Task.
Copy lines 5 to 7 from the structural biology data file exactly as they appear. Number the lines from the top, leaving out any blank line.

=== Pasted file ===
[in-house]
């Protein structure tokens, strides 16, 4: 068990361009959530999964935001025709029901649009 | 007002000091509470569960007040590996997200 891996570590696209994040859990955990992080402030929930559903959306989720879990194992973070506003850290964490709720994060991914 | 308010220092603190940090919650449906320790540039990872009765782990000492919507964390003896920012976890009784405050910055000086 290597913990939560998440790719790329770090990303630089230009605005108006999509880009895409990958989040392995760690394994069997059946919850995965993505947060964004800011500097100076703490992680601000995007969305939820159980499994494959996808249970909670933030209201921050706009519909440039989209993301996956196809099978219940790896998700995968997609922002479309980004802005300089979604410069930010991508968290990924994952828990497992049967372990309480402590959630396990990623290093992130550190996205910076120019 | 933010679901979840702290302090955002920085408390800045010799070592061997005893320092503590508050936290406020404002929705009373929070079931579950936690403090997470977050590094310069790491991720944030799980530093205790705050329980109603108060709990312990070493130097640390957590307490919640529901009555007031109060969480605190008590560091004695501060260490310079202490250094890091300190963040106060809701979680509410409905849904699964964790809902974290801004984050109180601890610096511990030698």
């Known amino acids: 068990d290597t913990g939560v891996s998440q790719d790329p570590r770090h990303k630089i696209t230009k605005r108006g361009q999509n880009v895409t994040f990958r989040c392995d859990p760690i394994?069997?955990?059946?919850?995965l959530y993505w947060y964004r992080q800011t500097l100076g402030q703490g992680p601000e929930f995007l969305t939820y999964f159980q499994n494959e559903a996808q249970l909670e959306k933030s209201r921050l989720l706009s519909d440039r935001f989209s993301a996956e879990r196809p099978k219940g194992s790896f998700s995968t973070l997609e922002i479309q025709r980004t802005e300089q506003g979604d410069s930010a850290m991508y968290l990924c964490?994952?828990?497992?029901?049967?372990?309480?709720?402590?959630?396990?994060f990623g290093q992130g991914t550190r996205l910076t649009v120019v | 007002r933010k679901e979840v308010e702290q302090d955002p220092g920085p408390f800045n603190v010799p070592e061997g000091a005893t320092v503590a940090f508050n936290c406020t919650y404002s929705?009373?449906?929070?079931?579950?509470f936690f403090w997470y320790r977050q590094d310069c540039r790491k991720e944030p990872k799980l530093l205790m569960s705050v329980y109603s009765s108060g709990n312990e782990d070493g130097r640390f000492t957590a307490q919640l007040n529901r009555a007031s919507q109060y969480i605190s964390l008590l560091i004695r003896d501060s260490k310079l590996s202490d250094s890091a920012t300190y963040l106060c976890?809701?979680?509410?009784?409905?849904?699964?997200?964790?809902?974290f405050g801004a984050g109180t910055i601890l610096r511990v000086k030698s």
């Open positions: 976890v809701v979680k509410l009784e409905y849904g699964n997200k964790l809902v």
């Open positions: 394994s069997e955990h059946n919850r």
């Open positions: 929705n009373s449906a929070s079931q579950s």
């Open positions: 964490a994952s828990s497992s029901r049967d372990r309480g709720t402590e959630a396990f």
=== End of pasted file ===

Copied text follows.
């Open positions: 394994s069997e955990h059946n919850r």
């Open positions: 929705n009373s449906a929070s079931q579950s």
């Open positions: 964490a994952s828990s497992s029901r049967d372990r309480g709720t402590e959630a396990f």